Music

Elf Power: Vainly Clutching at Phantom Limbs

Jacob Swiss

Elf Power

Vainly Clutching at Phantom Limbs

Label: Arena Rock
US Release Date: 2000-06-04
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Somewhere between the average garage band's angst-filled music and Elf Power's beautiful, child-like melodies as demonstrated on their newest material, lies the sound of Elf Power's 1995 effort Vainly Clutching at Phantom Limbs, now re-released.

For those who have only heard this part of the Elephant 6 collective via their breakthrough album, 1998's Dream in Sound, Vainly Clutching at Phantom Limbs (which now includes their The Winterhawk EP) will likely be a shock. The two albums are so different, both sonically and lyrically, that one of the few things they have in common is simply that they are both well-crafted.

In fact, after listening to both of these CDs, one can't help but wonder "what happened?" If Dream in Sound is like reading a children's book, then listening to Vainly clutching at Phantom Limbs is more like finding your teenage-goth-brother's hidden journal: every tenth page may be a happy entry about a romantic night with some girl, but all the pages in between are about his enemies and his wish to get away from it all.

Of course, indie-sounding anger can be channeled really well, and Elf Power come pretty close to doing that. In "Finally Free" lyricist Andrew Rieger sings, "I wish you all away, so far away, away from me / I never understood why you were my enemies / You took those drunk nights, those pot fights to seriously / Now I'm finally free." The lyrics may be typical of this genre of music, yet Rieger's voice boils with a kind of quiet resistence, which helps make this track one of the best on the record.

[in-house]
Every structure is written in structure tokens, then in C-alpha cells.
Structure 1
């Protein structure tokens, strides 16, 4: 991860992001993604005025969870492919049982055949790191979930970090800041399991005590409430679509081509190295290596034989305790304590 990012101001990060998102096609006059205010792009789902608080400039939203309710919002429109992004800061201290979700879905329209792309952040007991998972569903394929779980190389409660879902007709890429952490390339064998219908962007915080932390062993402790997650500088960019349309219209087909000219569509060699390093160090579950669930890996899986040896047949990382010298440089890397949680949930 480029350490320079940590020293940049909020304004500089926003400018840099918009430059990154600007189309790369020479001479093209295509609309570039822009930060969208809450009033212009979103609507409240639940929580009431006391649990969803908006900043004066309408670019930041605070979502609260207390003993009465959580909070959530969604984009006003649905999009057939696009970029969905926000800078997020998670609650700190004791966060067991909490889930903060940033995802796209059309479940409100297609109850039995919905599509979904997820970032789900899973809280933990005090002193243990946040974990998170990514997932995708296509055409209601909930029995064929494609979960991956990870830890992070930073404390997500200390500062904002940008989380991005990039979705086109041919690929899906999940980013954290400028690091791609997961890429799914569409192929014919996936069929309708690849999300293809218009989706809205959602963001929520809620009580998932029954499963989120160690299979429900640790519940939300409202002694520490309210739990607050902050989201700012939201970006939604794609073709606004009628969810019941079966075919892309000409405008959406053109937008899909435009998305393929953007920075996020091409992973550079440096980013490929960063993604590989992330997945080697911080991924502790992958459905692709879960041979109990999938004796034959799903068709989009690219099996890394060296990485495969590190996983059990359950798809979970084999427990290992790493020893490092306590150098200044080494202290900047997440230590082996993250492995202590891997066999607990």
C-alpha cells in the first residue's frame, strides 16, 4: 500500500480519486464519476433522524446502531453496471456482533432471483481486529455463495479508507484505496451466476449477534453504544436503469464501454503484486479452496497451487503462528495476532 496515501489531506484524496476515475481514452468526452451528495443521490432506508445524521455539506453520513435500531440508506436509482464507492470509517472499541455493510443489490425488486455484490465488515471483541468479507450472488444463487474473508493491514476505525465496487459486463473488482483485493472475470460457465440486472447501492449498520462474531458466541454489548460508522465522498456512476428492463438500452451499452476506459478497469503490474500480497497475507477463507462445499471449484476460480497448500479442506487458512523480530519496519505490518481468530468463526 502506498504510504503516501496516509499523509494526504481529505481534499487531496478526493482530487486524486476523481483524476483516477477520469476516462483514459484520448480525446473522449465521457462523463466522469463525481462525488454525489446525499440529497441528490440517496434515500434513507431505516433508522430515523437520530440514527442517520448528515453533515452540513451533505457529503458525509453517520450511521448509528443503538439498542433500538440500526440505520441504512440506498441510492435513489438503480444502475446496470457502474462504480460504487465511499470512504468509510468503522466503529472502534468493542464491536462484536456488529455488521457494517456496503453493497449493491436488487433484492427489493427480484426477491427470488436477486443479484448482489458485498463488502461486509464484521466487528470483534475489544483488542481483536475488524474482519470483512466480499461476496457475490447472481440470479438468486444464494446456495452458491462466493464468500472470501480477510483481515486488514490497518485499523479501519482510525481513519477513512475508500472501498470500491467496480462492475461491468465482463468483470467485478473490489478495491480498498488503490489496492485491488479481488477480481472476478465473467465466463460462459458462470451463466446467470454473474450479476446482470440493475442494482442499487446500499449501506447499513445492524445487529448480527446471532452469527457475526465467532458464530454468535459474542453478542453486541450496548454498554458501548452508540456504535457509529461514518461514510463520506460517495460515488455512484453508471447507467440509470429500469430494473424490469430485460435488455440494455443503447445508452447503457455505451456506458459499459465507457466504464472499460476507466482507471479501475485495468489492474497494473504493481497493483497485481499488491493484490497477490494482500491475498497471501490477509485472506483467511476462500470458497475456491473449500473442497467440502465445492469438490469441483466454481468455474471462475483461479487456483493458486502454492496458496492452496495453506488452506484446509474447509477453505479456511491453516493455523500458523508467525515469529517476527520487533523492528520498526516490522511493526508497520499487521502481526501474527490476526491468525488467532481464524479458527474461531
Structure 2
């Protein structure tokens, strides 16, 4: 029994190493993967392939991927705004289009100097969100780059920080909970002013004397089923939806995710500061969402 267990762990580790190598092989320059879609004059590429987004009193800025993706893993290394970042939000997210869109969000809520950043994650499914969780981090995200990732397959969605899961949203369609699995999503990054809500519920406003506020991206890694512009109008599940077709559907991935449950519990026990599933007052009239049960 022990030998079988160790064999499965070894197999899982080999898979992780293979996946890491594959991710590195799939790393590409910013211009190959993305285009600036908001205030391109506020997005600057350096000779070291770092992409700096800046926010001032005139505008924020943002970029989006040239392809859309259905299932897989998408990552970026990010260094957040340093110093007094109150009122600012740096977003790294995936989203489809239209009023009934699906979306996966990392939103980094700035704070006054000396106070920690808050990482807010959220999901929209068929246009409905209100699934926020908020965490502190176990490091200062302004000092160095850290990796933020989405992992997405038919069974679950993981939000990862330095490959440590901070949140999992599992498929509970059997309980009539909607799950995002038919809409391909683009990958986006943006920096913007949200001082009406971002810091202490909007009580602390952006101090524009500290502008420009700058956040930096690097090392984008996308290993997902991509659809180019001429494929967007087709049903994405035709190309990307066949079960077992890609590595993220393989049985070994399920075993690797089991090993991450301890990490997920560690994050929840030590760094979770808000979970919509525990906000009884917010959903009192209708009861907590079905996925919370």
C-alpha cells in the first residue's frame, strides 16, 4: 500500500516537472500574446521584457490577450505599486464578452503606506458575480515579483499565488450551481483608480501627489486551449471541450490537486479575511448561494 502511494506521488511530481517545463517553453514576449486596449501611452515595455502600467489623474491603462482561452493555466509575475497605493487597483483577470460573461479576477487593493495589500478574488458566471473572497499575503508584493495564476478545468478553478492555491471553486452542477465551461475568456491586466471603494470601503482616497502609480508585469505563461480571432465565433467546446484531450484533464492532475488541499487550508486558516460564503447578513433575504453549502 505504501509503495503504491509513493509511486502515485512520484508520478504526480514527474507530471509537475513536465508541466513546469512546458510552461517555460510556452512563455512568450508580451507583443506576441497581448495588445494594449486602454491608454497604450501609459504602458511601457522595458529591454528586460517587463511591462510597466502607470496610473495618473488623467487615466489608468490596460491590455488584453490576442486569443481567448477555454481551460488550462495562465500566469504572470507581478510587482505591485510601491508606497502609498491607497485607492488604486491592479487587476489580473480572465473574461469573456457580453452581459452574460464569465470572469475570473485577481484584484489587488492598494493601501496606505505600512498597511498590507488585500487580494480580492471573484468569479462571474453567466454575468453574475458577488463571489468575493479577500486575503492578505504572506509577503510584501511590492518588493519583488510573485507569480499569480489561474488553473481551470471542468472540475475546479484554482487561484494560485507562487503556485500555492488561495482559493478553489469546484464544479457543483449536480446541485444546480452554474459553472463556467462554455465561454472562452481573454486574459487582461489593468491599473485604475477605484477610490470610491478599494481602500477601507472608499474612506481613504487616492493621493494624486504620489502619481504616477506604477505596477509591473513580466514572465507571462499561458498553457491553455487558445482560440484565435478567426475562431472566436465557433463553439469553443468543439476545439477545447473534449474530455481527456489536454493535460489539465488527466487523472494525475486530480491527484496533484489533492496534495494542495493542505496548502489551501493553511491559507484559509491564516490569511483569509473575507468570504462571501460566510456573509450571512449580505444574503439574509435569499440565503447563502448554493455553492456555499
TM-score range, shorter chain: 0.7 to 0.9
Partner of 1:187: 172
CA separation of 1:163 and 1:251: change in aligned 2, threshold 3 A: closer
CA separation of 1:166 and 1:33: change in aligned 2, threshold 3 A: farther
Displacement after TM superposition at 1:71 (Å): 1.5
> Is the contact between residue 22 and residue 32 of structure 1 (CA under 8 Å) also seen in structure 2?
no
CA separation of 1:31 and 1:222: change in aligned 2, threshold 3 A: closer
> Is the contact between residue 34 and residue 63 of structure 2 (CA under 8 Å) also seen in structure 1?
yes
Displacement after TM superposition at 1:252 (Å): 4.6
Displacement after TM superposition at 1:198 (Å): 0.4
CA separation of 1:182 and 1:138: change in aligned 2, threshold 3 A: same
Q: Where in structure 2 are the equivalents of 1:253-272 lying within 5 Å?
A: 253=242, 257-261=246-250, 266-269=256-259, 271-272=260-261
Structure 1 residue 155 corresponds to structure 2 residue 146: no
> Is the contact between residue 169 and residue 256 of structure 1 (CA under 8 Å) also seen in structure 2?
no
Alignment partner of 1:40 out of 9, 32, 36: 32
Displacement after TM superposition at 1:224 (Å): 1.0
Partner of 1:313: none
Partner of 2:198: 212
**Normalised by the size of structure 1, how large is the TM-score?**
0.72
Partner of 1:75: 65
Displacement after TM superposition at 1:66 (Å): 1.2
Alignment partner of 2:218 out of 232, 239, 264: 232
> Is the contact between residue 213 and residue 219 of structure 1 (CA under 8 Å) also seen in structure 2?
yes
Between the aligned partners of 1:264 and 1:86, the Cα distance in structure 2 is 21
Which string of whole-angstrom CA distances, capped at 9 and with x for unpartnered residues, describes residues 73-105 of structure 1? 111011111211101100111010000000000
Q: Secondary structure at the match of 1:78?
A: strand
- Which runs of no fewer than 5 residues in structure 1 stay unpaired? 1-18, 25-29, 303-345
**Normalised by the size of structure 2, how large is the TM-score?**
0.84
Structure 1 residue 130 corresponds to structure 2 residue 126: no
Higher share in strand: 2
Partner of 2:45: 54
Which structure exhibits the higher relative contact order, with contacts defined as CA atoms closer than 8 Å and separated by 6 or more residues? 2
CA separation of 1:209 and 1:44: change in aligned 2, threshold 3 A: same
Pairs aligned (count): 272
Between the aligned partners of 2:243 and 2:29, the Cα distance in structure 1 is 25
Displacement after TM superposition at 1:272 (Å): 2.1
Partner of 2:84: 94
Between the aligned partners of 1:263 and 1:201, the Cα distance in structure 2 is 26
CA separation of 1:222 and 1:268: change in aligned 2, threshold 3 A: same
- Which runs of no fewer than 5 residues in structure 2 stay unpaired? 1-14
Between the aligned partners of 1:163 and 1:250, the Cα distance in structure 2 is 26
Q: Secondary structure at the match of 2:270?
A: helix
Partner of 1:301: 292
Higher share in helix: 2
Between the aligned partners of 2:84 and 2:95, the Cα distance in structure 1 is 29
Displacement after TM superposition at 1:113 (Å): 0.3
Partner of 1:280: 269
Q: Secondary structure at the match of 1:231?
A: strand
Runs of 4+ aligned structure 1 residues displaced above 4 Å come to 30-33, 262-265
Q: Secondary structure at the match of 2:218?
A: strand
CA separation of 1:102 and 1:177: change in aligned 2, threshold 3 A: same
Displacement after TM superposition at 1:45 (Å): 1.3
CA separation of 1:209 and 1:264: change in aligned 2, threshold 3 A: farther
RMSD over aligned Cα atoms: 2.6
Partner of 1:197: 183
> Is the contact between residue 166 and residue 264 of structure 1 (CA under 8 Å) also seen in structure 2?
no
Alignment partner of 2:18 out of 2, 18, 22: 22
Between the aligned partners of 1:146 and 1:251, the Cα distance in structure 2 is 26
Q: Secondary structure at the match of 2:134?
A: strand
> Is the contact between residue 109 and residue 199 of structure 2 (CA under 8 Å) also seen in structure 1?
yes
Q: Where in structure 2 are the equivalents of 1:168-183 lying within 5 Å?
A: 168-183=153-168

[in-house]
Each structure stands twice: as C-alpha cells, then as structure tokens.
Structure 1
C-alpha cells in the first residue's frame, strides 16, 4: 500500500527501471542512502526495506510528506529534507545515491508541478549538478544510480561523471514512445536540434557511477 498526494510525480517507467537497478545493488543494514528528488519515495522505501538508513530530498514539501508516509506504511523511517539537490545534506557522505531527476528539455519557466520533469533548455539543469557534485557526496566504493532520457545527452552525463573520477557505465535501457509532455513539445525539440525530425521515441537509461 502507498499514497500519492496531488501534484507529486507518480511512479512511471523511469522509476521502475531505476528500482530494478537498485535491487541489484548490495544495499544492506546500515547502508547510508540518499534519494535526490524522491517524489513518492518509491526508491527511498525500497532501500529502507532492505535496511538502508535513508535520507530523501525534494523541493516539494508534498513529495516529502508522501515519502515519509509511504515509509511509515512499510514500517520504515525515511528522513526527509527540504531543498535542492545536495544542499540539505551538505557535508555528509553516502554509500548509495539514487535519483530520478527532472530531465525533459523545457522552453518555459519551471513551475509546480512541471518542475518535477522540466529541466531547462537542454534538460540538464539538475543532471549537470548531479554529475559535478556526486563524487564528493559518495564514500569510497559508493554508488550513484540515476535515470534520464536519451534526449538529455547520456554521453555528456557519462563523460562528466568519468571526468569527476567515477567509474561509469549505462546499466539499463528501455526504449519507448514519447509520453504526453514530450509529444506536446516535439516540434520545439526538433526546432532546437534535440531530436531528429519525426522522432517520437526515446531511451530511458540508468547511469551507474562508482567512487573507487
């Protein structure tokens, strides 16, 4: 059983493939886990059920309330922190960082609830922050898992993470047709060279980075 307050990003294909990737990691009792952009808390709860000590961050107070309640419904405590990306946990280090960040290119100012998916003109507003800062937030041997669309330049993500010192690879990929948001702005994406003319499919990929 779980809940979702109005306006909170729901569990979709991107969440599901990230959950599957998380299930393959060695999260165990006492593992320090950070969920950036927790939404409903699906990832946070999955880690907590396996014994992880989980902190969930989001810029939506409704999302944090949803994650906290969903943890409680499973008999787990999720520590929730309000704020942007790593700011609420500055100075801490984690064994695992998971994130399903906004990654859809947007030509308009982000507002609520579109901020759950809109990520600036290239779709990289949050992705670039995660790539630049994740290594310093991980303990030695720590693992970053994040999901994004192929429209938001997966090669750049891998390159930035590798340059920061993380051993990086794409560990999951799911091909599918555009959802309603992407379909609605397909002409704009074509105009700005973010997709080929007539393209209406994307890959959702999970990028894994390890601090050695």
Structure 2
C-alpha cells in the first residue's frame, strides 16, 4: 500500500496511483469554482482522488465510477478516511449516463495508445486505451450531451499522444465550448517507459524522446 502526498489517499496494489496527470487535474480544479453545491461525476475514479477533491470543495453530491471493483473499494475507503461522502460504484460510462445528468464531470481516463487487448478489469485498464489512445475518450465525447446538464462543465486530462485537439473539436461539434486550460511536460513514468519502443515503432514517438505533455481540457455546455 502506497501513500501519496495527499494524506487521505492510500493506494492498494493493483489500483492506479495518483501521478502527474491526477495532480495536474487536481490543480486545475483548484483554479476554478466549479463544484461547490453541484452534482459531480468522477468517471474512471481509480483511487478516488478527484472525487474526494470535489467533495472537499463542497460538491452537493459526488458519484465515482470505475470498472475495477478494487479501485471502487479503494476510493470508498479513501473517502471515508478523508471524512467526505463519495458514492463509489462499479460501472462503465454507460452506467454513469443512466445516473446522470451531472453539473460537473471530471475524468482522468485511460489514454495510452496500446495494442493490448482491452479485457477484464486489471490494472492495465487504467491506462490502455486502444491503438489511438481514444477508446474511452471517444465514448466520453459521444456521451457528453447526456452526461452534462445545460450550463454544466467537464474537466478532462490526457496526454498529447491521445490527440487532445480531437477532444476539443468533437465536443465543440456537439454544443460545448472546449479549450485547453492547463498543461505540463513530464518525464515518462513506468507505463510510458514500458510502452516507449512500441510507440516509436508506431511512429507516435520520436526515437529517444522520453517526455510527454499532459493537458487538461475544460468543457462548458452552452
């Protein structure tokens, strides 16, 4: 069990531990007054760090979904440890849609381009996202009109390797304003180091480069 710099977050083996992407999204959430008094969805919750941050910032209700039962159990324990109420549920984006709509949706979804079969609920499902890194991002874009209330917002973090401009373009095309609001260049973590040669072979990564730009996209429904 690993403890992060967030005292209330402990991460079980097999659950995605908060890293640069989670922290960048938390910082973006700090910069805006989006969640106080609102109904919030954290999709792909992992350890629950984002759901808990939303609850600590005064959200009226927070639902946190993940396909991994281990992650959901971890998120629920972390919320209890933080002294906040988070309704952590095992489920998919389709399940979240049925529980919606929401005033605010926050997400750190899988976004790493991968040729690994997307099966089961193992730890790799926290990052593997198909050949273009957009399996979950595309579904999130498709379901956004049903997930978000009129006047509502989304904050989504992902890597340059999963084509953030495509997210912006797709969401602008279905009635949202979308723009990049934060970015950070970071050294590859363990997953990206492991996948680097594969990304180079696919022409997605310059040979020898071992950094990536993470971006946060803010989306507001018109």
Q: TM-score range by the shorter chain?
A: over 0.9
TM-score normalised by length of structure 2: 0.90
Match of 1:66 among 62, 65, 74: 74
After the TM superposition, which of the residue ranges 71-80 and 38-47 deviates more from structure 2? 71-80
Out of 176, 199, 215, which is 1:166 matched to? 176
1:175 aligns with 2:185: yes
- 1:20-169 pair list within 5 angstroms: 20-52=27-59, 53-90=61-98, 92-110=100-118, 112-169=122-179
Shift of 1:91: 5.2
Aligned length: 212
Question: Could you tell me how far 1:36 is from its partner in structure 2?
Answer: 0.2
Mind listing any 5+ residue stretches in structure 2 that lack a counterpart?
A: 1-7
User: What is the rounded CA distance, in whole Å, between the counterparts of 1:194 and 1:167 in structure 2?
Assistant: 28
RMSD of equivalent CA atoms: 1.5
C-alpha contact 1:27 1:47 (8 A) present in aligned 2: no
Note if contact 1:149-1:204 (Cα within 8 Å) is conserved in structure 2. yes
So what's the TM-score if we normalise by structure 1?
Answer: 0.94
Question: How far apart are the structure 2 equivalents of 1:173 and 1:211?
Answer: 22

Along with "Finally Free," other standout tracks include: "Loverboy's Demise," an oddly morbid (and humorous) song about being disappointed by a favorite band's live show; and "All Your Experiments," which strongly hints at what was to come on Dream in Sound. The song tells a story about being abducted by aliens and choosing to stay with them rather than go back to earth.

Clearly a product of the early '90s lo-fi revival, Vainly Clutching at Phantom Limbs is more like one of Sebadoh's better releases than a traditional poppy, '60s revivalist Elephant 6 CD. Elf Power use distorted vocals, feedback, and a variety of oddly spaced, non-sequential, and out-of-tune sounds. Like Modest Mouse, all of this is packaged into songs which leave you so impressed that those noises came together to form an okay song, the fact that it isn't the most catchy, depressing, or beautiful song, doesn't really seem to matter.

Despite its strengths, Vainly Clutching at Phantom Limbs, as with many band's reissues, isn't exactly worth running out to buy, and it certainly isn't a good introduction to what, based on Dream in Sounds, promises to be a continuously growing and beautifully sounding band. However, for hard-core fans, the CD is definitely an interesting listen and a good chance to hear how the band has dramatically changed over the years.

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